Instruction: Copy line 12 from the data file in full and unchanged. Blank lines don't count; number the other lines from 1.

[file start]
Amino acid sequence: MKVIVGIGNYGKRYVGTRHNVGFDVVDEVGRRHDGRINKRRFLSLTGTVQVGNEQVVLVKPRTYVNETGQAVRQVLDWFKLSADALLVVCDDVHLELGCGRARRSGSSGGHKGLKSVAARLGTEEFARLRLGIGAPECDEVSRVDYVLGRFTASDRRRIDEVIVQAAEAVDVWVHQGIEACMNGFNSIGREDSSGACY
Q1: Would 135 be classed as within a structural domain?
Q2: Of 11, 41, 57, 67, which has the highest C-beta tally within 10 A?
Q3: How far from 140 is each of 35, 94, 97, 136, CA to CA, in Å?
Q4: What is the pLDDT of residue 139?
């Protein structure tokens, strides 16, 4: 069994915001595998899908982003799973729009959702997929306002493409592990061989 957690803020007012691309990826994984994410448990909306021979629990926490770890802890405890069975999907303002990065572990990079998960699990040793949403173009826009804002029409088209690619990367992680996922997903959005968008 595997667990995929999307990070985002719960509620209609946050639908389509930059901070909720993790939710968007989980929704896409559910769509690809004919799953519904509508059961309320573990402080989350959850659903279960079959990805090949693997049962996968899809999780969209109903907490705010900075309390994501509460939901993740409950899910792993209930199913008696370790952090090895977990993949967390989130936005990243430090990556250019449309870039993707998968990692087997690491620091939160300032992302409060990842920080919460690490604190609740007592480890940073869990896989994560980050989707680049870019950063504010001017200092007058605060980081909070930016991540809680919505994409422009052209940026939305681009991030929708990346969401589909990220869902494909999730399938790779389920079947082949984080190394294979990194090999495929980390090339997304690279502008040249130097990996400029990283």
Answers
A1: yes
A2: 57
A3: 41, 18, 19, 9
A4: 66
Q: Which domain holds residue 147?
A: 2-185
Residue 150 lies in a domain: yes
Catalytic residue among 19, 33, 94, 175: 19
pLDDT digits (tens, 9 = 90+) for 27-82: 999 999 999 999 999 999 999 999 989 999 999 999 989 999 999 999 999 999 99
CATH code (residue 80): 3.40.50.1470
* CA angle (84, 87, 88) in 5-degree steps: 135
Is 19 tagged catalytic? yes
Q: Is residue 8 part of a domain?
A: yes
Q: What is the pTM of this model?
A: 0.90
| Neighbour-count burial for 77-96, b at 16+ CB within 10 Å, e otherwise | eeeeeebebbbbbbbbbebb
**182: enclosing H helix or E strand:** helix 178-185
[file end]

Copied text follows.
Q: Which domain holds residue 147?